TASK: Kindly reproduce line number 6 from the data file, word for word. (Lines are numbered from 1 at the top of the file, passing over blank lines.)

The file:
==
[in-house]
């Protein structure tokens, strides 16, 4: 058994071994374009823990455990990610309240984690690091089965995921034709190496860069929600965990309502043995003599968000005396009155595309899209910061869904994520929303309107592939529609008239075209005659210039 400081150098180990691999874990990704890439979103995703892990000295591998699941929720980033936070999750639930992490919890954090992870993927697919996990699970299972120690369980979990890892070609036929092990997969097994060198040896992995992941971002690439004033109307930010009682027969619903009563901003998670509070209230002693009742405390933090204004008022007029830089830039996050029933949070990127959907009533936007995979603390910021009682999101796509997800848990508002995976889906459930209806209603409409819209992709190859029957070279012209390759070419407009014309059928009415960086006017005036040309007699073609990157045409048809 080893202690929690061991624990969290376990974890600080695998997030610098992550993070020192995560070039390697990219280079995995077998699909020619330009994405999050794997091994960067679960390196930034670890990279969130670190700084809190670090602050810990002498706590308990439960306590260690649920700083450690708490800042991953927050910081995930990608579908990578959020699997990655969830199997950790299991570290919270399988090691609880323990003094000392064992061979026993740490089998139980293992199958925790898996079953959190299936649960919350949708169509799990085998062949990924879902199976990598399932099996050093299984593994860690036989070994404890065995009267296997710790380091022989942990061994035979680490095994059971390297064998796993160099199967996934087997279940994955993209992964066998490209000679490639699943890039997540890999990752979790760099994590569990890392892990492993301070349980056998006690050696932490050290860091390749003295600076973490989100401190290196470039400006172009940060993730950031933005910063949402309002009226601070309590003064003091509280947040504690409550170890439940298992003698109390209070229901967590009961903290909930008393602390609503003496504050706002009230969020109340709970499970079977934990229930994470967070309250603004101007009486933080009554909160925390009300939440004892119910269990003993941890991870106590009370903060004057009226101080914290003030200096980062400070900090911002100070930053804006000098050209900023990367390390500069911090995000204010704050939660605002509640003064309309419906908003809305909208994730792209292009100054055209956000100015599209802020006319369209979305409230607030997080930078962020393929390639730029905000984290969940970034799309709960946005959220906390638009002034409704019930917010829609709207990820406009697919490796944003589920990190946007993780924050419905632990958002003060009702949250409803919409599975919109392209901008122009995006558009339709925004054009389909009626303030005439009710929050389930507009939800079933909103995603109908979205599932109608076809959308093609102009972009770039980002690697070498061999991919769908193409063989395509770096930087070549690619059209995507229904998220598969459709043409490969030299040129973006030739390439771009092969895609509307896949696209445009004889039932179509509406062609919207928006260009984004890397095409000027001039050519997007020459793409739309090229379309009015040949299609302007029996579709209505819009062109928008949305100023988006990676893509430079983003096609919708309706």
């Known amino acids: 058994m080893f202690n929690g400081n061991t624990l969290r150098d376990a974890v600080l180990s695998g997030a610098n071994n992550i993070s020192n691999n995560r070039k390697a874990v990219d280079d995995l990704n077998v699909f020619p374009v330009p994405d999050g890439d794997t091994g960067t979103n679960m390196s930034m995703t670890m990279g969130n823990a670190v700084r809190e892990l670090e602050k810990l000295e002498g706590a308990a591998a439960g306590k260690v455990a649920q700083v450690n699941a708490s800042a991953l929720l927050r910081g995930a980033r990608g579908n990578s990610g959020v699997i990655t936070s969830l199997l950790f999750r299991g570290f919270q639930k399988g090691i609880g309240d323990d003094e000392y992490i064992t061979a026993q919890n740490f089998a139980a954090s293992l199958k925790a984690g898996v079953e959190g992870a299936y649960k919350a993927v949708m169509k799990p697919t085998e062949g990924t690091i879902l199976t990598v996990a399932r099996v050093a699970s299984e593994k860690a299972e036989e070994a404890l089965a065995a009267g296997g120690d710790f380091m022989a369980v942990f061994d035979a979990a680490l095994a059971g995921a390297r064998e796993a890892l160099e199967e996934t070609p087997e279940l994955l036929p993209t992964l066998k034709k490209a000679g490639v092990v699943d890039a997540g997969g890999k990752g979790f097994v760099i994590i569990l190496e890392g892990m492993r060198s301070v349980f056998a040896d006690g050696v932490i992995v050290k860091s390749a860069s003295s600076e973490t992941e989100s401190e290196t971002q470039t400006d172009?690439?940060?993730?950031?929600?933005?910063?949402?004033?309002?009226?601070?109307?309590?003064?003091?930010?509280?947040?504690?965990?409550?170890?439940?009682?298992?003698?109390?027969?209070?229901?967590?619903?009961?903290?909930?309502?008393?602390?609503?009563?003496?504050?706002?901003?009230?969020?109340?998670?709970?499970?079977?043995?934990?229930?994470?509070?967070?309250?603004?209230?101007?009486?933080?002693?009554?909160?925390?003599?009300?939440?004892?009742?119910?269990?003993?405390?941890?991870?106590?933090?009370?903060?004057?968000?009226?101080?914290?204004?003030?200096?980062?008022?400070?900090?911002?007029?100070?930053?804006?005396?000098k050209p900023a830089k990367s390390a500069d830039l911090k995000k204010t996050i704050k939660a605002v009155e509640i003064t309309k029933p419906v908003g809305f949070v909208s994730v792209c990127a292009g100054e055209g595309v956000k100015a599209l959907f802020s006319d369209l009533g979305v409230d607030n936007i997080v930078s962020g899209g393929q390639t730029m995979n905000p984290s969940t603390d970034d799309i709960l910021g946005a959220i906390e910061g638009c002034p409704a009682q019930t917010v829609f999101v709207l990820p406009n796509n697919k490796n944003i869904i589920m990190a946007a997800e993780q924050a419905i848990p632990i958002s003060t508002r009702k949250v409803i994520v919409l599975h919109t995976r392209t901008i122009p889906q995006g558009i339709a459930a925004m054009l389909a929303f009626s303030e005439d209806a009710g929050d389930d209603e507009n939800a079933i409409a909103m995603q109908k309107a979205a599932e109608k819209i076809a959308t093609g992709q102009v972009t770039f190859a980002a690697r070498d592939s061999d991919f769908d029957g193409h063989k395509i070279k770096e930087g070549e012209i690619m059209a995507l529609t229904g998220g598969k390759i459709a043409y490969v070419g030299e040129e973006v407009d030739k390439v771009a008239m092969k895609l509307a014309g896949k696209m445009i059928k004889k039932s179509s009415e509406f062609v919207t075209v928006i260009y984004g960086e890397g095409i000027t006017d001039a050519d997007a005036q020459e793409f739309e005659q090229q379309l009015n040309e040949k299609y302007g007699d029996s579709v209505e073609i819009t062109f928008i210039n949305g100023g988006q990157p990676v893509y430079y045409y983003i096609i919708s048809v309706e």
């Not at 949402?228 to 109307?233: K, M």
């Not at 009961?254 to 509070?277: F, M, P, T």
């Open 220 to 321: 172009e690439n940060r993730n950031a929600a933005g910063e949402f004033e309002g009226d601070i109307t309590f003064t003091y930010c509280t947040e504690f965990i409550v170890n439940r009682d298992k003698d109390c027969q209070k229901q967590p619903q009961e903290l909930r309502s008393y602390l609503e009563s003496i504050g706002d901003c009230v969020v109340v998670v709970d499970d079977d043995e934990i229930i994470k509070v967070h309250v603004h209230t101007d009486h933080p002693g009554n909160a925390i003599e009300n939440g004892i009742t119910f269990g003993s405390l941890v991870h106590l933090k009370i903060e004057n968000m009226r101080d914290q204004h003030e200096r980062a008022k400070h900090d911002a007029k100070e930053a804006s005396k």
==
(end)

């Open 220 to 321: 172009e690439n940060r993730n950031a929600a933005g910063e949402f004033e309002g009226d601070i109307t309590f003064t003091y930010c509280t947040e504690f965990i409550v170890n439940r009682d298992k003698d109390c027969q209070k229901q967590p619903q009961e903290l909930r309502s008393y602390l609503e009563s003496i504050g706002d901003c009230v969020v109340v998670v709970d499970d079977d043995e934990i229930i994470k509070v967070h309250v603004h209230t101007d009486h933080p002693g009554n909160a925390i003599e009300n939440g004892i009742t119910f269990g003993s405390l941890v991870h106590l933090k009370i903060e004057n968000m009226r101080d914290q204004h003030e200096r980062a008022k400070h900090d911002a007029k100070e930053a804006s005396k």